East versus West in the Book of Mormon

One of the underlying themes in the Book of Mormon is the “two irreconcilable ideologies” as suggested by East versus West.1 Dr. Hugh W. Nibley wrote:

What we are to avoid in particular is that polarizing process that begins on the first page of the Book of Mormon and continues to the last. In the opening scene it is Egypt versus Babylon, West versus East, with Lehi’s people caught in the middle; and the book ends with the climactic confrontation at Cumorah, with Moroni caught between two wicked and warring peoples in a battle of annihilation.2

Although the Gadianton robbers played a prominent role in the downfall of that society, the practice of statecraft3 proved too enticing and ultimately led to the showdown at Cumorah.

For example, Dr. Nibley called these robbers “warlike hunting tribes” who had come from Asia thousands of years before. They occupied the land northward and weren’t discovered by the Nephites and Lamanites for over 500 years.4 And the ancient conflict between East versus West is perhaps best described in The Hierocentric State and Tenting, Toll, and Taxing that outline the ancient formation, as well as the continuation and conflicts, of states.5 Both articles point out that “Kings must be hunters” and trace the origin of state formation from the “nomads of the steppes.” In contrast, and as subtext throughout the Book of Mormon and other scripture, those who sought for and obtained the kingdom of God6 “were pilgrims and strangers” caught in between warring factions seeking for control over the “kingdoms of the world” while they themselves were allegiant to a kingdom “not of this world.”7

The process of polarization as described in the Book of Mormon started, as perhaps it always does, in families.8 Eventually it led to a great division between the people.9 A cursory reading of the chapter headings to Mormon’s writings recounts the horrific ending.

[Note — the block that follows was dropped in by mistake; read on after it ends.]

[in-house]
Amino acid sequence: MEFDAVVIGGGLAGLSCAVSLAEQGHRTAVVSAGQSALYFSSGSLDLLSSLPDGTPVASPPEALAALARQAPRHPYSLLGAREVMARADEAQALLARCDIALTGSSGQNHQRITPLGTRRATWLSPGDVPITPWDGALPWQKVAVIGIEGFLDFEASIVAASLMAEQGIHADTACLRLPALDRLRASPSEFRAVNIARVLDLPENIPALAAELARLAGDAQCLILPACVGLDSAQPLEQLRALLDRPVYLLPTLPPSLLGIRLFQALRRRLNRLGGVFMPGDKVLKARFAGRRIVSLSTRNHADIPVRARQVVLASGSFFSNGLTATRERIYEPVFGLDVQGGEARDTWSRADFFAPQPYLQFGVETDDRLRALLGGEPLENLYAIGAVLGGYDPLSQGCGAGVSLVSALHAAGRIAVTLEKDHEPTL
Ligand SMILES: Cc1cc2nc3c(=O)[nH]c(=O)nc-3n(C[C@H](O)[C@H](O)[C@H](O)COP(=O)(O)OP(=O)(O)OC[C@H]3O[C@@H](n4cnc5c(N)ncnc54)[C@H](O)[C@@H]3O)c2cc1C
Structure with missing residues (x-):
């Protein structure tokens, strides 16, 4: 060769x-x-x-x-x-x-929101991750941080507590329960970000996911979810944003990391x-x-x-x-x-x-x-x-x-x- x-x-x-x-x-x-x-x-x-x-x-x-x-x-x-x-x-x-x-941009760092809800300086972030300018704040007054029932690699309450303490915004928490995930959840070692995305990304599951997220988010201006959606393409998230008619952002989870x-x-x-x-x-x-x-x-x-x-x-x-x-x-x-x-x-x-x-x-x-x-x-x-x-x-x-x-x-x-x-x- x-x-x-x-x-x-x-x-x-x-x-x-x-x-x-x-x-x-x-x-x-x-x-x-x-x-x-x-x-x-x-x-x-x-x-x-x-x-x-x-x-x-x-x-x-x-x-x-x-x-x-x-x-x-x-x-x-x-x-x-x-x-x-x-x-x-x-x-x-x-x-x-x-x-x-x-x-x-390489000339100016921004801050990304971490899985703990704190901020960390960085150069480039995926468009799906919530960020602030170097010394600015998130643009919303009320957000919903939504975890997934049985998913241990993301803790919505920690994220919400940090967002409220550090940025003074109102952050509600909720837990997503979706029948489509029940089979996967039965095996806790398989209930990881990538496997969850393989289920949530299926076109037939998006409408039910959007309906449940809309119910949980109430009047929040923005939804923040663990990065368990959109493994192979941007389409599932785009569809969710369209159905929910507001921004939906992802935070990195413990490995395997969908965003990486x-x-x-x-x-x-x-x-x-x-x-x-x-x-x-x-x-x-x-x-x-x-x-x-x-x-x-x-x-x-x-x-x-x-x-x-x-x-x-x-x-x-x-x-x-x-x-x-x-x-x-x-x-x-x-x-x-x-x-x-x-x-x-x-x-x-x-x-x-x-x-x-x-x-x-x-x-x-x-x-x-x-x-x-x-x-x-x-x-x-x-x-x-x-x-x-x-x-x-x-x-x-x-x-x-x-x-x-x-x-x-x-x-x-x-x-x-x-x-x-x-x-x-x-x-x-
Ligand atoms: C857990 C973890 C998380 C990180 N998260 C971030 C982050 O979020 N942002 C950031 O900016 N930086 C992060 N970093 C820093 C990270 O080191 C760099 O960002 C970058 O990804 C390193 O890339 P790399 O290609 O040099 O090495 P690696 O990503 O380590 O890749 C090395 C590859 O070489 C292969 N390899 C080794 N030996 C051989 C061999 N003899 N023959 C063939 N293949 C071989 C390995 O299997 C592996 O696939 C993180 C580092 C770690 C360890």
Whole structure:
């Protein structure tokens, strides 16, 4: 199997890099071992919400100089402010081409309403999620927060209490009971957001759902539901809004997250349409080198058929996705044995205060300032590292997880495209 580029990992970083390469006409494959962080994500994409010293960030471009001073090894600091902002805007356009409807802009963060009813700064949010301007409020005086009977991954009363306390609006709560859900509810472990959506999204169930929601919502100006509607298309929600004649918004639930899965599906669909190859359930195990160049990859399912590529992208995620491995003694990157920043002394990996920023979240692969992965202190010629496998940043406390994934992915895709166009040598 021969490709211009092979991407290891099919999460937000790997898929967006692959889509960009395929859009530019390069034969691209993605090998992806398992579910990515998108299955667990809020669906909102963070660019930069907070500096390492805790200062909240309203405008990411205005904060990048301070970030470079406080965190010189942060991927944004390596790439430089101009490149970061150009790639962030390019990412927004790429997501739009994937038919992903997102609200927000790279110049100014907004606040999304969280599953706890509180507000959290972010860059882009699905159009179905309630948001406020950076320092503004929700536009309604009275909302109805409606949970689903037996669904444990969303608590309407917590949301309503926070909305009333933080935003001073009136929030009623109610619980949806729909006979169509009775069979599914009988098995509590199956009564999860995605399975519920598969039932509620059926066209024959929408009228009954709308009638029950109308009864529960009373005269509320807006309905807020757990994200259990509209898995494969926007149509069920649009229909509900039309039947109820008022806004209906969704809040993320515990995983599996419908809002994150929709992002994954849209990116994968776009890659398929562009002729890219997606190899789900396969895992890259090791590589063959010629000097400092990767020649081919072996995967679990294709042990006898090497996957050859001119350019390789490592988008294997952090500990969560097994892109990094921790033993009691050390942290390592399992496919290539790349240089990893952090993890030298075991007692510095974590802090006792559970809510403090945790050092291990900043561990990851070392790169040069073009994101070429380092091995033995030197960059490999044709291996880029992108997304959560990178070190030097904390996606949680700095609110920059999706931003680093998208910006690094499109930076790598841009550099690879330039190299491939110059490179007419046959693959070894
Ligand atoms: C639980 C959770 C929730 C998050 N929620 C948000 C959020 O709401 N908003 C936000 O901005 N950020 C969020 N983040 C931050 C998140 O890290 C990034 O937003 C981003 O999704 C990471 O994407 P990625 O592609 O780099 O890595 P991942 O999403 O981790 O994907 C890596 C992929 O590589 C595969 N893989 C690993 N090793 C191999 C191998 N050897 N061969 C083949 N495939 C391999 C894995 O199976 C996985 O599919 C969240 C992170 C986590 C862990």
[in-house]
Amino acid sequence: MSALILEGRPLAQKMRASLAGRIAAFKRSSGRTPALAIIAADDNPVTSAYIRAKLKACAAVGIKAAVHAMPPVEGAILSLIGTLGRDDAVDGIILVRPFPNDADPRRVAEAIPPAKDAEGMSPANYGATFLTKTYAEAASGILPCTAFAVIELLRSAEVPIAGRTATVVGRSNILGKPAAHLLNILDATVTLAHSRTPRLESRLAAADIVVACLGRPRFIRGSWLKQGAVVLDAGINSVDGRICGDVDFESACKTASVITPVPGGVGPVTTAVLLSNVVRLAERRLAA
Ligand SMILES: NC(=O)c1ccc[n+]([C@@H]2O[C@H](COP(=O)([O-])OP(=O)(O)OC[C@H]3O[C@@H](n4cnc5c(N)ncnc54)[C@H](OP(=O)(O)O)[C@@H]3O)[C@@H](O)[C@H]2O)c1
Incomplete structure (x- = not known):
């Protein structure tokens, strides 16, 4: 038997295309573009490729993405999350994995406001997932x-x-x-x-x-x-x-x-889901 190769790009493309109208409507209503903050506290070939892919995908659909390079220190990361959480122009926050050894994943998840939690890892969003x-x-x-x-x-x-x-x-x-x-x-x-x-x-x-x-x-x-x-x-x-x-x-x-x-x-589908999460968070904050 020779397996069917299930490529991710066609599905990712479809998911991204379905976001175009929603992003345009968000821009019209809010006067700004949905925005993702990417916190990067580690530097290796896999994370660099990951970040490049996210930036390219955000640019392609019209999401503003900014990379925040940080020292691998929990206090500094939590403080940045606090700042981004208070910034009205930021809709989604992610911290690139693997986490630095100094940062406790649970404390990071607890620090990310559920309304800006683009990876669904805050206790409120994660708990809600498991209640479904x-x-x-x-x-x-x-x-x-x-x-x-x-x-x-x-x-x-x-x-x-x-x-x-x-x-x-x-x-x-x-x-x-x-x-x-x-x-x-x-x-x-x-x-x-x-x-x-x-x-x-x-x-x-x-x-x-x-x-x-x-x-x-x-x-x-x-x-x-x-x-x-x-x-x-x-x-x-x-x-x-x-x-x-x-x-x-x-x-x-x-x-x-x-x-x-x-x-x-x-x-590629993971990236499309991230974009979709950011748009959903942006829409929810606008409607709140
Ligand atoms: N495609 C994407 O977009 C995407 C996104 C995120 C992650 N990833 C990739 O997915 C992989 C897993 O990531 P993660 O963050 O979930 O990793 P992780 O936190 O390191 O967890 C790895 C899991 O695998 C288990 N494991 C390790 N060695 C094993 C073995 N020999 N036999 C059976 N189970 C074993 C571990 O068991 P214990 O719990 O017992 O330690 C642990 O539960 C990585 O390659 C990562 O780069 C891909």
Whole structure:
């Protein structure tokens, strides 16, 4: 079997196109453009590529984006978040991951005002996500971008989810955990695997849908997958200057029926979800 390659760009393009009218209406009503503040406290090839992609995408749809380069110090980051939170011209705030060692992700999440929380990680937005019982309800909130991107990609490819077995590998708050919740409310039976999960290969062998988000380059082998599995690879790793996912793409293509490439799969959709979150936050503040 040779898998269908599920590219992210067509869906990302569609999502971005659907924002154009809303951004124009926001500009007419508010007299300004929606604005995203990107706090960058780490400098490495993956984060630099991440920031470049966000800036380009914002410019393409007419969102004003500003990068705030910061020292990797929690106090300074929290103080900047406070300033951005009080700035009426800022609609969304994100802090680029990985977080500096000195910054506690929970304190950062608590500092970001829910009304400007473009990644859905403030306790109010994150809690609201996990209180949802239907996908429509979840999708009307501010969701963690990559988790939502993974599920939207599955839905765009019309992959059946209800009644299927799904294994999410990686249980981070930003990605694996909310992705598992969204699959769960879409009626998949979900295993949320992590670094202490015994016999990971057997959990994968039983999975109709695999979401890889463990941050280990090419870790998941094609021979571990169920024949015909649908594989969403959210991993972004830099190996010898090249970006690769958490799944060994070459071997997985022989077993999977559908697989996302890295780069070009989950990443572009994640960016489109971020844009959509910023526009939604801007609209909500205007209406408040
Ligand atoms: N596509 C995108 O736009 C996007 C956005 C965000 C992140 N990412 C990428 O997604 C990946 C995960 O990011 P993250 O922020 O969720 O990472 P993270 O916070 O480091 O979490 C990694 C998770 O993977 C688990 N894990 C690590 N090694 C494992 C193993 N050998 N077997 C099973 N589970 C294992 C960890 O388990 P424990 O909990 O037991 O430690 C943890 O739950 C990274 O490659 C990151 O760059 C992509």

Since the book is a “type and a shadow” of the latter days, one of the questions it seems to demand of its readers is, “will this happen again?”

What do you think?


  1. Nibley, Hugh W. The Book of Mormon a Minimal Statement. 2010. Neal A. Maxwell Institute for Religious Scholarship. 23 Oct 2011; hereafter Minimal Statement.
  2. Polarization in the Book of Mormon.
  3. See the definition used in Ricks, Stephen D. Foreword. Hugh W. Nibley. The Ancient State. 1991. Neal A. Maxwell Institute for Religious Scholarship. 23 Oct 2011; hereafter Foreword.
  4. Minimal Statement; compare Helaman 3:3-16.
  5. Nibley, Hugh. The Ancient State. 1991. Neal A. Maxwell Institute for Religious Scholarship. 23 Oct 2011.
  6. Compare 3 Nephi 13:9-13 to Matthew 6:9-13.
  7. See Foreword.
  8. 4 Nephi 1:38.
  9. 4 Nephi 1:35.

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  1. Michael’s avatar

    I would submit that the polarization has already happened. Using just the USA as an example, we are a seriously divided country, politically, culturally, economically, etc. There is no need to produce a laundry list of the issues that divide significant portions of the populace, we all know what they are.

    As for Church members, we are also divided on many issues. We are about as far away from unity as you can be and still be called the Lord’s Church.

  2. Sharon Standley’s avatar

    I believe it has already started and it is world wide this time. From the time of the twin towers it has felt different than just another war. I remarked at the time it felt more like good and evil struggling and it continues to feel that way. Those in government power are trying for more power and we are caught between. There are more and more signs of persecution of those that believe in Christ.

  3. Greg’s avatar

    Michael – I agree. The process of polarization started long ago. As cited above, East vs. West has a very long history going back thousands of years.

  4. Greg’s avatar

    No doubt Sharon. This process is thousands of years old. The stakes are very high indeed.

  5. Deila’s avatar

    Yep, it is becoming more apparent, what has been will be.

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